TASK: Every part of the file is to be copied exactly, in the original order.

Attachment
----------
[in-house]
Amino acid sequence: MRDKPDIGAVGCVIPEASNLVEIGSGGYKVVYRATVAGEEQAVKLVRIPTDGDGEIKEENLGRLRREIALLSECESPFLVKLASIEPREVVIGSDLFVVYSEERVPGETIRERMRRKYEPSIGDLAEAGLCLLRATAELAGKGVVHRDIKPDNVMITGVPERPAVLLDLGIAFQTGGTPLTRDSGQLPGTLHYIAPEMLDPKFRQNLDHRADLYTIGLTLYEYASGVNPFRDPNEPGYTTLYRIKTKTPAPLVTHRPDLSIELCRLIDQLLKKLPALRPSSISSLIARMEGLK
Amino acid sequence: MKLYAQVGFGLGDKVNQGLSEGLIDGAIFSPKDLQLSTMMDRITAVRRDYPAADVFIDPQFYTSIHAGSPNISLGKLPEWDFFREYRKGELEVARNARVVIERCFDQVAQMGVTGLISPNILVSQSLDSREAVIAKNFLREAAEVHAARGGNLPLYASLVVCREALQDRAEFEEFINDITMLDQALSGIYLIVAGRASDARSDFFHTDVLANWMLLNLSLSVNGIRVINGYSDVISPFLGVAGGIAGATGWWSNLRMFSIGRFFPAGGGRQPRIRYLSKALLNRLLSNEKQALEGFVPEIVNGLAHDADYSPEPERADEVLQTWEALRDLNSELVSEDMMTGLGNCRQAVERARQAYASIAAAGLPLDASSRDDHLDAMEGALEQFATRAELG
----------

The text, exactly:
[in-house]
Amino acid sequence: MRDKPDIGAVGCVIPEASNLVEIGSGGYKVVYRATVAGEEQAVKLVRIPTDGDGEIKEENLGRLRREIALLSECESPFLVKLASIEPREVVIGSDLFVVYSEERVPGETIRERMRRKYEPSIGDLAEAGLCLLRATAELAGKGVVHRDIKPDNVMITGVPERPAVLLDLGIAFQTGGTPLTRDSGQLPGTLHYIAPEMLDPKFRQNLDHRADLYTIGLTLYEYASGVNPFRDPNEPGYTTLYRIKTKTPAPLVTHRPDLSIELCRLIDQLLKKLPALRPSSISSLIARMEGLK
Amino acid sequence: MKLYAQVGFGLGDKVNQGLSEGLIDGAIFSPKDLQLSTMMDRITAVRRDYPAADVFIDPQFYTSIHAGSPNISLGKLPEWDFFREYRKGELEVARNARVVIERCFDQVAQMGVTGLISPNILVSQSLDSREAVIAKNFLREAAEVHAARGGNLPLYASLVVCREALQDRAEFEEFINDITMLDQALSGIYLIVAGRASDARSDFFHTDVLANWMLLNLSLSVNGIRVINGYSDVISPFLGVAGGIAGATGWWSNLRMFSIGRFFPAGGGRQPRIRYLSKALLNRLLSNEKQALEGFVPEIVNGLAHDADYSPEPERADEVLQTWEALRDLNSELVSEDMMTGLGNCRQAVERARQAYASIAAAGLPLDASSRDDHLDAMEGALEQFATRAELG